- Page of Pablo Funes' PhD thesis
What is complexity?
What is complexity?: The question is very much too vast to be answered in something smaller than a whole book. I am planning on dedicating an entire post about measuring complexity with a range of metrics that people have come up with in the past. A big question I’m asking myself is: “How much does complexity depend on subjectivity and the observer?”
Complexity is about studying systems and models which components interact in multiple ways and according to local rules. This very general framework is often called complex systems.
Complexity has various meanings depending on the fields and therefore can be applied to a wide range of systems.
However, its lack of clear definition makes it difficult to measure and estimate. The concept of complexity is hard to study in practice for a given system.
Complex systems are systems made of many components that interact together. They usually exhibit behaviors that can be labeled as complex.
Complexity and order
A.N. Whitehead on “Ideal Opposites” in Process and Reality:
Order is not sufficient. What is required, is something much more complex. It is order entering upon novelty; so that the massiveness of order does not degenerate into mere repetition; and so that the novelty is always reflected upon a background of system.
The study of complexity is often linked to the study of emergence and self-organization. They terms often refer to the spontaneous apparition of complex structures in a system made of simpler components.
Features of a complex process
From (Grassberger 1989)
- Between disorder and order. Hard to describe and not just random structures.
- Often involve hierarchies
- Feeback loops, for example from lower levels of the hierarchy.
- Higher-level concepts arise without being put in explicitely.
- Complex systems are composed of many parts with strong and non-trivial correlations between these parts. Are they spontaneous or do they need to be encoded? (GOL glider gun vs. spontaneous spaceships in some rules)
- Correlations between the object and its environment. Examples: complexity of DNA exists because of its correlation with the reading machinery, and the protein building machinery, etc. up to the whole organism.
- It has meaning, meaning that only some of the features of the system are essentials, and one can create a compressed on more “intelligent” description. Therefore this could be related to compressibility.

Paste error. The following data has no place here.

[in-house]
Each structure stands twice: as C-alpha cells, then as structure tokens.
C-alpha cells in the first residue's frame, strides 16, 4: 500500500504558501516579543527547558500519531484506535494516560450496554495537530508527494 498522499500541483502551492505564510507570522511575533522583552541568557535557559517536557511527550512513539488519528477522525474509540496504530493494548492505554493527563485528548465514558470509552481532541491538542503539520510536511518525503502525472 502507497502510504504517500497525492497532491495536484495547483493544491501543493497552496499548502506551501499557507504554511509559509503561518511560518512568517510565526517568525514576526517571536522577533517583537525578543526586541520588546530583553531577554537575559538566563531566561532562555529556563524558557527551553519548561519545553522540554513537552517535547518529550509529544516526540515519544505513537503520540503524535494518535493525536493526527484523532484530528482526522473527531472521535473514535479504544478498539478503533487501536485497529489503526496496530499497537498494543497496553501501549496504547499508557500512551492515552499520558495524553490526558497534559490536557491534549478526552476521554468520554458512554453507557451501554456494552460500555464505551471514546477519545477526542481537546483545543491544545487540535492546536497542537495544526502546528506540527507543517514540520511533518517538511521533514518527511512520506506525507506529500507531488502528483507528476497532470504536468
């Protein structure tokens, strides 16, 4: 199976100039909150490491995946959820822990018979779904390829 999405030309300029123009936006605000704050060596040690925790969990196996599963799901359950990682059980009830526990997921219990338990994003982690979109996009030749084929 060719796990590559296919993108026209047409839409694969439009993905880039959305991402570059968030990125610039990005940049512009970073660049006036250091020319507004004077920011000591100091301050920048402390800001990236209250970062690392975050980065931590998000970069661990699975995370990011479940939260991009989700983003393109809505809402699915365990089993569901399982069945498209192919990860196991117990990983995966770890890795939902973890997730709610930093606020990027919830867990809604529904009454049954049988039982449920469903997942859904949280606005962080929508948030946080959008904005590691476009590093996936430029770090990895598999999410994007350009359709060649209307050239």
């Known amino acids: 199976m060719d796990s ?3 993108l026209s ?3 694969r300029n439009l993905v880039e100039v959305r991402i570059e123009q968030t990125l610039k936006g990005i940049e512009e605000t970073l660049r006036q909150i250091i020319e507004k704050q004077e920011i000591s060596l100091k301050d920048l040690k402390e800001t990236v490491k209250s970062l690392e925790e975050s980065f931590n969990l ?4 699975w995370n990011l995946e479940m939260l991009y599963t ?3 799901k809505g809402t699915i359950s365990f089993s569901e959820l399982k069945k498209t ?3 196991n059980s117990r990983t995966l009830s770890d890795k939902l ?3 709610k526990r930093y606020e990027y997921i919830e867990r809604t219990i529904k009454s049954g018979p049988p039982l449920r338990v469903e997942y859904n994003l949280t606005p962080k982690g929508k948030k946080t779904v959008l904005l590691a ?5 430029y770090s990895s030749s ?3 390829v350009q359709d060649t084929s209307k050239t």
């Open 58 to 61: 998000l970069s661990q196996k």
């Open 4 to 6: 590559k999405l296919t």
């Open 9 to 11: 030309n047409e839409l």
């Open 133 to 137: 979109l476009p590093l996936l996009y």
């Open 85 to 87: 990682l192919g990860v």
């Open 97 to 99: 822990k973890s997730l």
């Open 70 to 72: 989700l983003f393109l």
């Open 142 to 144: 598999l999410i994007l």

Complexity growth in living systems
Complexity doesn’t have to grow in living systems. And believing that living organisms evolve towards greater complexity is a common fallacy in the study of biological evolution.
- First, living systems do not evolve in response to environmental changes, and Earth’s history has shown that going extinct is for instance a much more common response to environmental changes. Species survive environmental changes because they happen to have some parts of its population with an evolutionary advantage compared to other species.
- According to some, complexity therefore does not necessarily increase in living organisms that evolve, because the path to survival to environmental change might actually be a decrease in complexity (e.g number of bones in the jaw see this link). This is not the opinion supported by many older works as explained in (McShea 1991) .
- Talk: Alife 2020 keynote Lee Cronin - A Top Down Chemically Embodied Artificial Life Computation
- Complexity of cellular automata
- Cellular automata
- Lempel-Ziv-Welch algorithm
- Notes on: The Architecture of Complexity by Simon, H. A. (1962)
- Notes on: More Is Different by Anderson, P. W. (1972)
- Notes on: Evolved Open-Endedness, Not Open-Ended Evolution by Pattee, H. H., & Sayama, H. (2019)
- Notes on: Complexity and evolution: What everybody knows by McShea, D. W. (1991)
- Complexity metrics
- Surprisingly Turing-Complete
- Algorithmic probability
- Open-ended Evolution
- Kolmogorov complexity
- Minimum description length